Looking for a slick way to classify relationship between two numbers, without tons of if/else

Dave Angel davea at ieee.org
Tue Jul 7 05:28:39 CEST 2009


palewire wrote:
> In my application, I'd like to have a function that compares two values,
> either of which may be null, and then classify the result depending on
> whether one is higher or lower than the other.
>
> I find myself writing something clunky like this, and I'm curious whether
> anyone might know a more elegant way for parsing this out.
>
> def compare(a, b):
>     if not a and not b:
>         return "No data"
>     else:
>         if a == 0 and b == 0:
>             return "Never had"
>         else:
>             if a == b:
>                 return "Stayed the same"
>             elif a < b:
>                 return "Gained"
>             elif a > b and b > 0:
>                 return "Lost Some"
>             elif a > b and b == 0:
>                 return "Lost All"
>
> If there's some obvious way to search for this solution online, feel free to
> slap me with that. I tried digging around on Google and couldn't come up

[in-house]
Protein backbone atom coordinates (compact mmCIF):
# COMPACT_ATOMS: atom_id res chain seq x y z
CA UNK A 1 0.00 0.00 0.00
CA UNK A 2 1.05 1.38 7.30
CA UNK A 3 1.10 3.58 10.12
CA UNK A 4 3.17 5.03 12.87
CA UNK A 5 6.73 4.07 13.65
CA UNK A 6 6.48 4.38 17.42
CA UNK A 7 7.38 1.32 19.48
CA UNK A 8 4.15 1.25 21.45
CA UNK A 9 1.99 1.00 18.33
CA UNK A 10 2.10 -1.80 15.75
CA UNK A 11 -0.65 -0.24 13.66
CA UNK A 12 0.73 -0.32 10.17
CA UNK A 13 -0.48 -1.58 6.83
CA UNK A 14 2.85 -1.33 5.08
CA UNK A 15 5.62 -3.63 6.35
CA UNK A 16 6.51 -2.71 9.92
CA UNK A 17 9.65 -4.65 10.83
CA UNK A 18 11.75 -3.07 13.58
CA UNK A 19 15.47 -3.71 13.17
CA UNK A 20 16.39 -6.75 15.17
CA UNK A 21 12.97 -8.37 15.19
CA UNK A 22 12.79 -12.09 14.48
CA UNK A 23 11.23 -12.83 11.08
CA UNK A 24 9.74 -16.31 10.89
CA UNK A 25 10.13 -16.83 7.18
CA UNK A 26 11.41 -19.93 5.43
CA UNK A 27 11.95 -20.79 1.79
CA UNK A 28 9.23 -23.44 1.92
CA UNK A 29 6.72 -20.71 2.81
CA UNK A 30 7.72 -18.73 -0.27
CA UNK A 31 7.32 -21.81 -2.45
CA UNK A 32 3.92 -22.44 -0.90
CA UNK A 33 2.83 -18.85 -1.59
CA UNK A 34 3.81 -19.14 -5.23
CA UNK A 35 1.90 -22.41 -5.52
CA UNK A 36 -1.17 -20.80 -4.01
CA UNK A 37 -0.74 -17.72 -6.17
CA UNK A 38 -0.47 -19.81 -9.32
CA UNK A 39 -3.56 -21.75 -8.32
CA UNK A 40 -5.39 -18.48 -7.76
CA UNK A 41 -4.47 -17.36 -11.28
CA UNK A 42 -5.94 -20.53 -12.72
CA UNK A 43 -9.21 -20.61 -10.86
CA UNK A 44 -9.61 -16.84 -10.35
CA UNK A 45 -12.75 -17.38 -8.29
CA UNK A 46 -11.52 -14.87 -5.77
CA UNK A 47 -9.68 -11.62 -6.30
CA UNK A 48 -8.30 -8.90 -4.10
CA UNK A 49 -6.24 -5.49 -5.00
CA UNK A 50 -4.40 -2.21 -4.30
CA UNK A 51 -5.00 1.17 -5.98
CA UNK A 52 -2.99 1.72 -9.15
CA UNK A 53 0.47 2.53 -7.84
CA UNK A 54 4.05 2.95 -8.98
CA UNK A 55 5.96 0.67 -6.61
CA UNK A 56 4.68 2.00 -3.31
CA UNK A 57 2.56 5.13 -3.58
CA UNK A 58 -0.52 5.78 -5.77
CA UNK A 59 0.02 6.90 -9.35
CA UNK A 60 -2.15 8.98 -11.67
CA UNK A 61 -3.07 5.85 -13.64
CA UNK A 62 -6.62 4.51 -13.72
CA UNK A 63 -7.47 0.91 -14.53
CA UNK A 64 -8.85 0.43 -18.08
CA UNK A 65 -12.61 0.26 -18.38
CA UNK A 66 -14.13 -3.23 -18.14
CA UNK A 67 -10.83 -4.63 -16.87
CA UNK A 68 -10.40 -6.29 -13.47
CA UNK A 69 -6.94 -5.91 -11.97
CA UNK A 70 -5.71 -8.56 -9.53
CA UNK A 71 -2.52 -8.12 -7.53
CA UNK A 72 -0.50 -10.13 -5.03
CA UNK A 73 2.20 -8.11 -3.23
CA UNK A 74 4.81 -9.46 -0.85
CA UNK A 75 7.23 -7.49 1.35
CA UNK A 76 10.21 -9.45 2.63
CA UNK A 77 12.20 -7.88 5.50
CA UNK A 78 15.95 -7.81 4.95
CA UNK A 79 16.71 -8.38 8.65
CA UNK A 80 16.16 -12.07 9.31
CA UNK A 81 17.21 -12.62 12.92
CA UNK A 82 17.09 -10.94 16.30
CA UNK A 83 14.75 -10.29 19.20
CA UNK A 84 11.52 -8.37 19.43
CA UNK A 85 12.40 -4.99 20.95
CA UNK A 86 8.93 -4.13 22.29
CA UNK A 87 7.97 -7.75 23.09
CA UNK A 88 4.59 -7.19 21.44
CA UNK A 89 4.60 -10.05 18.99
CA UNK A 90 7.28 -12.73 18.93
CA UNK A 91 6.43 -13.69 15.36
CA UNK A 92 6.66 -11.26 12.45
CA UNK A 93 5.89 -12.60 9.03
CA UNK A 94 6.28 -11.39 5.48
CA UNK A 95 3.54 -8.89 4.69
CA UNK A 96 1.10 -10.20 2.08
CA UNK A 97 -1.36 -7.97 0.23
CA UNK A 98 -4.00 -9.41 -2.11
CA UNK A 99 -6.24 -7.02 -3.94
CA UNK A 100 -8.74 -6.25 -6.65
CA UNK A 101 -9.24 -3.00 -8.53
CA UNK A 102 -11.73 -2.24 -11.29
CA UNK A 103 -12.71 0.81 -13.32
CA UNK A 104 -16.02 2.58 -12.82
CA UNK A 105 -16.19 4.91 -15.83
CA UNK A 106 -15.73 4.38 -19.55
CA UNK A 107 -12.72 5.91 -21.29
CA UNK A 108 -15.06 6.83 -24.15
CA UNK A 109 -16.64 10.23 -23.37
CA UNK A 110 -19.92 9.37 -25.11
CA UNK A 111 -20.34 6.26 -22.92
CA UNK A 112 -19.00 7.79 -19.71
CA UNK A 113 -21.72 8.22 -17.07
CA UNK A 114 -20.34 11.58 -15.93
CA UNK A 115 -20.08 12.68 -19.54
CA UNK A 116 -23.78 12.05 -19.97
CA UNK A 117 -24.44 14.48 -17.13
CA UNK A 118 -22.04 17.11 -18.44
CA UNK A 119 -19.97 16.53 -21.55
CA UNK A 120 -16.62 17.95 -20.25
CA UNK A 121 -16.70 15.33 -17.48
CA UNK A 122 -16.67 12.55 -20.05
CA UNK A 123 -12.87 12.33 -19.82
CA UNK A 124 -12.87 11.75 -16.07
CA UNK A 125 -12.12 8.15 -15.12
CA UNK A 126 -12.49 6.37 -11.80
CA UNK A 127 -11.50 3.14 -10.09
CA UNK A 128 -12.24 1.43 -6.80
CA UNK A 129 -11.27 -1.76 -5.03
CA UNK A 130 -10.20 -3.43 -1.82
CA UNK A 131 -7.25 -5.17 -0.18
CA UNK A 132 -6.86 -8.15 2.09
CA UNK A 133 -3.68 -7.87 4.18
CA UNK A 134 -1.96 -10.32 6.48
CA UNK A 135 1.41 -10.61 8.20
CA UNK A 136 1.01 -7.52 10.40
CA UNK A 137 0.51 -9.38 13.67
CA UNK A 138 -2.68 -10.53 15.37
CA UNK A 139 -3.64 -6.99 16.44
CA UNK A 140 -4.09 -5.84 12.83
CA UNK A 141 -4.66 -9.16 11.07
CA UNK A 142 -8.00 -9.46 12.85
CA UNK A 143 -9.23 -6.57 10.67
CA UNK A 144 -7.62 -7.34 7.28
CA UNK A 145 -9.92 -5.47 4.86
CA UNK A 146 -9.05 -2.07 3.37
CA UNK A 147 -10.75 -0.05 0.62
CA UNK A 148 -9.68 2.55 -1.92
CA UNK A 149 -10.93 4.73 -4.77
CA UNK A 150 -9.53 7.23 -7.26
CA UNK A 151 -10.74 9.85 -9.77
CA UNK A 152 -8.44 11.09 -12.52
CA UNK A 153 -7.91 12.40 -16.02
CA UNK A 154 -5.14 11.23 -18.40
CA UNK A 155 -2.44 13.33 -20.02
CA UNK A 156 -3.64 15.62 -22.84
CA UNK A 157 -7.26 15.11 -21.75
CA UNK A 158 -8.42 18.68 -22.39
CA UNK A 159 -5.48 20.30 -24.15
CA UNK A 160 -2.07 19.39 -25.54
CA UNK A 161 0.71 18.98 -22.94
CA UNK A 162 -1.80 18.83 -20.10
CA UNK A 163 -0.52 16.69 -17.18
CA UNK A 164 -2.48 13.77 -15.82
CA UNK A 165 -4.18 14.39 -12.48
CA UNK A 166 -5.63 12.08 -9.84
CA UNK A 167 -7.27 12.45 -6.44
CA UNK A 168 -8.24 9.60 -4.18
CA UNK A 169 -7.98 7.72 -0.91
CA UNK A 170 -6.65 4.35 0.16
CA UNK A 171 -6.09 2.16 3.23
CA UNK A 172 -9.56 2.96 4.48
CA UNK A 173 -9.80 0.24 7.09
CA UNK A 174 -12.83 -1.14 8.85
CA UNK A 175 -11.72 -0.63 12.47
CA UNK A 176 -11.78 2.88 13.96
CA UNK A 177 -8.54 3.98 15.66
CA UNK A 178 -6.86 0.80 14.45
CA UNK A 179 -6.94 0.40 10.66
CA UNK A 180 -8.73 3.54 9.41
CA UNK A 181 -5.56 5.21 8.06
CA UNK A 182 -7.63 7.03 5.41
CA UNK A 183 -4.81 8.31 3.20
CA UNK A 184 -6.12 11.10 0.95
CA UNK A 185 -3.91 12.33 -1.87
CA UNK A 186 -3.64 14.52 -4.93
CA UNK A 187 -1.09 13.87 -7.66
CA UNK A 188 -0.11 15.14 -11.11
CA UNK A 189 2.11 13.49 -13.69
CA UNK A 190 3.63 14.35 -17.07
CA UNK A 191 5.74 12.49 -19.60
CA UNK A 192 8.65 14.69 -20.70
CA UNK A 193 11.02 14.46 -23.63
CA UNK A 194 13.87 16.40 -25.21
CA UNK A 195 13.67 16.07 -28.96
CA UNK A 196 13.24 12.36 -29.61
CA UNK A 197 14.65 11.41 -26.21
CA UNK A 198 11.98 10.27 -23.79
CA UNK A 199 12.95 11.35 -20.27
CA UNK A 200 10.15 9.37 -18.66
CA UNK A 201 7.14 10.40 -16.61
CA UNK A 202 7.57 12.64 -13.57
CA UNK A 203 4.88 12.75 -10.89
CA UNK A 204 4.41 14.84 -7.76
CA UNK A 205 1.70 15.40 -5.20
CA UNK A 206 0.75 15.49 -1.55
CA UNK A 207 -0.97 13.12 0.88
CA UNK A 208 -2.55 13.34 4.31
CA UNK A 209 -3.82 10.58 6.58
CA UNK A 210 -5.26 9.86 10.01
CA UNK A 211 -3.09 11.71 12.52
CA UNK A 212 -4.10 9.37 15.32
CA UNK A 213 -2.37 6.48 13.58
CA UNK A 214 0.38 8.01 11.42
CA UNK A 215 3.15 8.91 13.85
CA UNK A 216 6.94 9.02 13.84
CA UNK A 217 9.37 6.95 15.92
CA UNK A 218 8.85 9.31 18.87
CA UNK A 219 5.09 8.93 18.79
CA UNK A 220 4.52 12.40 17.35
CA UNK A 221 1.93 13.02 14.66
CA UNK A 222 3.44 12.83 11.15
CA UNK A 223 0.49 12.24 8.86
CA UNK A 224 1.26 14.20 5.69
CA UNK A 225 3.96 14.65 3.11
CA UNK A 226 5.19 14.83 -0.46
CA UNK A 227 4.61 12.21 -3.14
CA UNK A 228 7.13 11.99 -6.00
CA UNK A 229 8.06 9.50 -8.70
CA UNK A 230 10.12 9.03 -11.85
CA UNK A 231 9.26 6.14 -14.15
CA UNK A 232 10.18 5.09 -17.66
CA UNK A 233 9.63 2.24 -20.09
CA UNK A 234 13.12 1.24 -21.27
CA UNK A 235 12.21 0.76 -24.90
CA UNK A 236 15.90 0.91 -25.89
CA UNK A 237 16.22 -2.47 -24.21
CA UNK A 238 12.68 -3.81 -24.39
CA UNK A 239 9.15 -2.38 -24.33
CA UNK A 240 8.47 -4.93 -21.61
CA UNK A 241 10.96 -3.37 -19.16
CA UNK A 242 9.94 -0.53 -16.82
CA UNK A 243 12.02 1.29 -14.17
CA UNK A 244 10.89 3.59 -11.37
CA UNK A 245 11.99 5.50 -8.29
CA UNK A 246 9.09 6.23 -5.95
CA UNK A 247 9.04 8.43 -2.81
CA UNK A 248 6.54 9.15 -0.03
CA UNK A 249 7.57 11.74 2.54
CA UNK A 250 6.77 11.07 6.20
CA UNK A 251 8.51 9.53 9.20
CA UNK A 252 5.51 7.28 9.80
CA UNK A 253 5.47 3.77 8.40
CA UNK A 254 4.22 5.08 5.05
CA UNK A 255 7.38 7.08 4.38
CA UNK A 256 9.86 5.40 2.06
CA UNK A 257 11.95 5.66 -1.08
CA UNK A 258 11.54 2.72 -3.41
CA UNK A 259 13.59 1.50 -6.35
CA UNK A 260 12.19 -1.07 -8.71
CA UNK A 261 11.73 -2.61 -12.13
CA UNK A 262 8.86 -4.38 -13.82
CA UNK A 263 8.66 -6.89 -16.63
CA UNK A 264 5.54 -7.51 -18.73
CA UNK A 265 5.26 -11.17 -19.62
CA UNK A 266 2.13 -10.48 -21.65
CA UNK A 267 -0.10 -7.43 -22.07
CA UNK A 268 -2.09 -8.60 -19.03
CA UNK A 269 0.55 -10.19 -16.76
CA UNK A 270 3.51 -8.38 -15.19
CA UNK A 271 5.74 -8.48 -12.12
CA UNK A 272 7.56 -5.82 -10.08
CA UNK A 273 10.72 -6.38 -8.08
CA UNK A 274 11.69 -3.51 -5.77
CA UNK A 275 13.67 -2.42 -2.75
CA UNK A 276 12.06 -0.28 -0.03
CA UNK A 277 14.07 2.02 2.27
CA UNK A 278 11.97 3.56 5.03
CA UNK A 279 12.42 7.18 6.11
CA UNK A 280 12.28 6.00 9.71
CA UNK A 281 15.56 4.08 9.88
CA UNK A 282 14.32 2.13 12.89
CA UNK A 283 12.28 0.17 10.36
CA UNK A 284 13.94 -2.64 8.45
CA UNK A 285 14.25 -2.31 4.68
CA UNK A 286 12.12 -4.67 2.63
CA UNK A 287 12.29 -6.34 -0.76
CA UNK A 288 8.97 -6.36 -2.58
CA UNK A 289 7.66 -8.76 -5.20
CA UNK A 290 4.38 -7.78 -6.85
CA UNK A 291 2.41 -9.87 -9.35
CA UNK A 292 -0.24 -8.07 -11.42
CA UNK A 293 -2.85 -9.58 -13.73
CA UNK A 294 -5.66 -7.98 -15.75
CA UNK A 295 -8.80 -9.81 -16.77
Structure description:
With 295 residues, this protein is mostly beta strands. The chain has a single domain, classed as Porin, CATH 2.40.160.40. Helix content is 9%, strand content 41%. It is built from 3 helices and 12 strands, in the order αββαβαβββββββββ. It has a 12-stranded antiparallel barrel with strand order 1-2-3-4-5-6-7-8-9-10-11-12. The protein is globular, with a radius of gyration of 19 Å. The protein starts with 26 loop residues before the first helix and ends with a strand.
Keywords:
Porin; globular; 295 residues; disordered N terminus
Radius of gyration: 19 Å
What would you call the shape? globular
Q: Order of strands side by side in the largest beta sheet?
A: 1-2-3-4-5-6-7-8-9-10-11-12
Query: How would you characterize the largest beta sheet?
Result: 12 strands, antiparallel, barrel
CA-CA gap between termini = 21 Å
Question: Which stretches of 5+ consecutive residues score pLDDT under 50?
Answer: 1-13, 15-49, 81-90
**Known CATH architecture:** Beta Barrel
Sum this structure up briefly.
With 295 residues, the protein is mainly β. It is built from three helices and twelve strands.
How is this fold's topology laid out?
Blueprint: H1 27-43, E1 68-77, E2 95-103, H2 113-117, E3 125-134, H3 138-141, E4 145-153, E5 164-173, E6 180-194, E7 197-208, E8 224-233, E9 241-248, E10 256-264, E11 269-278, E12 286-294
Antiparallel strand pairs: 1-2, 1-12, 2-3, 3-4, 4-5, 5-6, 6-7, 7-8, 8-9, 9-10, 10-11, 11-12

> with much.
>
> Thanks much.
>   
Before one can "optimize" a function, one needs to get the function 
correct.  Looks to me that if a and b are both zero, it'll say "No data" 
and never get to the "Never had" test.  And if a is positive and b is 
None, it'll return None, rather than any string.

Anyway, any "optimized" construct is going to be nearly as big as this.  
You'd have to define a list of strings, and then compute an index value 
that gave you the appropriate value.  While I could probably come up 
with such, I hardly think it's worthwhile.  The cases are confusing 
enough to me that I'd not want to make the code any less readable by 
some formula & lookup.

That brings us to the question of what is more elegant.  To me the 
elegant code is readable first, and efficient (space & time) second.  I 
suspect efficiency would be nearly optimal by careful ordering of the 
nested ifs.  Find the most likely cases, and test for them first.

If this is a programming puzzle, for entertainment purposes, here's the 
way I'd tackle making it "efficient" obfuscated code.  Start by checking 
if either value is None.  Something like:

table = ("Lost Some","Lost All","Gained","Gained","Stayed the 
same","Never had, never will")
def compare2(a,b):
    global table
    if a is None or b is None:
        return "Invalid data"
    return table[4*(a==b)+2*(a<b)+(b==0)]

davea



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